1960’s was just around the corner and lads at Dickies were on the lookout for a new look for the brand. Don Williamson was determined to build up the company’s international presence. So, in 1960 Dickies built a huge manufacturing plant in Belize formerly known as ’British Honduras’. This venture didn’t go too smooth while the hurricane Hattie destroyed the whole plant. But as you can imagine Don was a stubborn man and they rebuilt the plant and expanded to supply the European demand.

Williamson Dickies continued expanding and by the late 70’s they would dominate the workwear market in the US. They had expanded their product catalogue from pants to a range of products like shirts, jackets, caps, sweatshirts, socks and more. On the later part of the 1970’s they even began opening their own stores around the U.S. By this time our finding fathers Williamson and Dickie had retired and left the company to their youngions.

We’ve travelled a long way and now we finally arrive to the beginning of the 1990’s. 90’s was really turbulent time in America and the culture went through massive shift. This shift came as usual with a lot of new competition for Dickies. Many of whom were international by this point and had moved their manufacturing to China and Taiwan while looking for cheaper labour. This made it all more difficult to the smaller companies to keep up with the competition.

Dickies however found a totally new customer base. And like ever so often the new demand rose from the counterculture scene, from hip hop to be exact. Although Dickies were worn by the hardcore and skater kids already throughout the 80’s thanks to their blue collar roots and accessibility, it was Hip Hop that brought Dickies to the mainstream. Dickies work pants were one of those key elements in gang attire in Los Angles during 80's and 90's. And from the same LA neighbourhoods rose acts like N.W.A, Snoop Dog and Cypress Hill who kept rocking the hood attire and brought Dickies pants to world arenas. And funny enough it was this street cred that gave Dickies the much needed upper hand against their long time rivals such as Lee, Wrangler and Levi’s, Dickies was street they were cool.

By the late 1990’s Dickies hype was on its all time high, and it wasn’t just a workwear brand anymore but a fashion staple. Although guys at Dickies were very pleased with all this success they wanted to stay loyal to their blue-collar roots. So, they kept running the biz as usual throughout the mayhem. From there on till this day Dickies has stayed true to the thing they are known for and that’s durable and quality workwear.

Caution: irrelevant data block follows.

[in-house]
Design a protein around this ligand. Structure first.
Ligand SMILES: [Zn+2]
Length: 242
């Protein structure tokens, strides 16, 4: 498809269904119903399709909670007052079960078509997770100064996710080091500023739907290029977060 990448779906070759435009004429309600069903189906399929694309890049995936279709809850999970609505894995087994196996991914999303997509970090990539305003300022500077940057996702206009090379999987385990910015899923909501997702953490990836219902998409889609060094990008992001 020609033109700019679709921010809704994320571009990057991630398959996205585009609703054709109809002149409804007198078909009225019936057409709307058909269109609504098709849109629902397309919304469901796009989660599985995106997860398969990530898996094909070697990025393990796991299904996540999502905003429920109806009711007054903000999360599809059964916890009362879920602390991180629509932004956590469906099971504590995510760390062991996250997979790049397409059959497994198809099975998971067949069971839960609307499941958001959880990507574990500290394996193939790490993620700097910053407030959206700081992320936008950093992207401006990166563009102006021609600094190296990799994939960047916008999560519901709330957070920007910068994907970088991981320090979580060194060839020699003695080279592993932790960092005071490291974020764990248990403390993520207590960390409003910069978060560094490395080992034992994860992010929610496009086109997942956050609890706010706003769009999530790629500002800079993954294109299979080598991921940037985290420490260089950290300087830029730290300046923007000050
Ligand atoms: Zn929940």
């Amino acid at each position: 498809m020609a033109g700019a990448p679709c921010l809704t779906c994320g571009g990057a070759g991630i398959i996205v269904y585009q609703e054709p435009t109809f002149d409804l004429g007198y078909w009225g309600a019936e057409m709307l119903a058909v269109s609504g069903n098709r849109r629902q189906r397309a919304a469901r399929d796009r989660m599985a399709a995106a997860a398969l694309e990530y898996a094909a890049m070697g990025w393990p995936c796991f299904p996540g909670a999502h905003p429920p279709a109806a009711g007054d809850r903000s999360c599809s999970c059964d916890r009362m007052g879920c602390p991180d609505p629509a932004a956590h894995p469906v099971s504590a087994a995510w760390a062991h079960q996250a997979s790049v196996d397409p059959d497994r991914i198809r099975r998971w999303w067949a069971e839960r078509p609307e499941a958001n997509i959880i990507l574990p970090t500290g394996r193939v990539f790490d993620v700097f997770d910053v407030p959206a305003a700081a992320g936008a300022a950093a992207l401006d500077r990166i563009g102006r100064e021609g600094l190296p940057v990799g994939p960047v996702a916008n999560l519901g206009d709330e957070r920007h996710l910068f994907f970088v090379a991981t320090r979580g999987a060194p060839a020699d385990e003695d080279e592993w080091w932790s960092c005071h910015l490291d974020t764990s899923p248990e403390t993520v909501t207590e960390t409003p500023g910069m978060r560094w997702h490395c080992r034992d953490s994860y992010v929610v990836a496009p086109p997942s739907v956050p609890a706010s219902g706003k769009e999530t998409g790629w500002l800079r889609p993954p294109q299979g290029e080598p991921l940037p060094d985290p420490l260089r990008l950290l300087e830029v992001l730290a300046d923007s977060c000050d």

874 Work pant

This is without question the Dickies product. These are the working man’s chinos. This icon was born in April 1967, made up of 65% cotton and 35% polyester cloth with X-it stain release finish. You may wonder where the name comes from. Well, the 874 was just simply the next number in-line after previously released 871, 872 and 873. The 874 is a comfortable, durable and accessible pair of pants that can truly take you from the construction site to a dinner and beyond.

The 874 didn’t rise to stardom overnight though. One of the first sightings of work pants worn outside workplace was by the Latin American’s in Southern California during the 1980’s. From there on their street cred grew through various subcultures, resonating with two of the world’s best cultural forces: music and skate. The 874 were perfect fit for the skaters in the late 80’s thanks to their baggy look and supreme toughness that could endure the skaters lifestyle.

Early popularity within skating is thought to have been driven by legends like Julien Stranger and his mates on AntiHero, Zero and Toy Machine at the time. Another scene that the Dickies 874 are synonymous with is the 90’s rap scene as I mentioned before.

So, how do these bad boys fit you may ask? 874 is a true epitome of perfect fit. Pants that fit everyone. It’s original fit, a semi-permanent seam and straight-leg cut that gives you that much desired baggy and relaxed fit. They sit slightly higher at the waist and they have been finished with the wrinkle-resistant crease in order to keep you looking good all day and night long. Sizewise I recommend you to size up one size from your usual as they run small.

In conclusion these are the perfect pair of pants and they are now available in store and online in four colours and all sizes.